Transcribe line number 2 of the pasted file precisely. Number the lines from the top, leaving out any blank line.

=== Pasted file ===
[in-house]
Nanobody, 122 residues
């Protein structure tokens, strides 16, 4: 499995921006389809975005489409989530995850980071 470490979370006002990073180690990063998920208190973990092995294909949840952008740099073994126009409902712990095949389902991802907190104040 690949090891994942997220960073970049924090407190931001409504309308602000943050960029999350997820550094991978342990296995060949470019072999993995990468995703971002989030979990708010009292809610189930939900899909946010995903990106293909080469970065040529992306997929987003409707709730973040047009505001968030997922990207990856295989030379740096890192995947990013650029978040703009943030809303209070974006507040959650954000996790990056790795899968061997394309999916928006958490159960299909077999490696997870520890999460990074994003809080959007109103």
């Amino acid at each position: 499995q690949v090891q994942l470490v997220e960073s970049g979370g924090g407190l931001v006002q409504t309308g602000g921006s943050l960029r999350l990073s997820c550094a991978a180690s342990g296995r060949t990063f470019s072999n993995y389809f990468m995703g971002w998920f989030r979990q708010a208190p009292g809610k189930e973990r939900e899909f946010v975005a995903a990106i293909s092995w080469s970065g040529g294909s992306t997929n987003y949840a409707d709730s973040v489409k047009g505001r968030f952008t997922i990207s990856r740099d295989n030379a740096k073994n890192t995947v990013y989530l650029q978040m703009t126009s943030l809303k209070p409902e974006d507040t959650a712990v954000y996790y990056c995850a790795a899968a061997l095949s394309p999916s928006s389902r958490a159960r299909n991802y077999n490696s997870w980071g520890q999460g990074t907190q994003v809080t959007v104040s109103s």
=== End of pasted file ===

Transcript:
Nanobody, 122 residues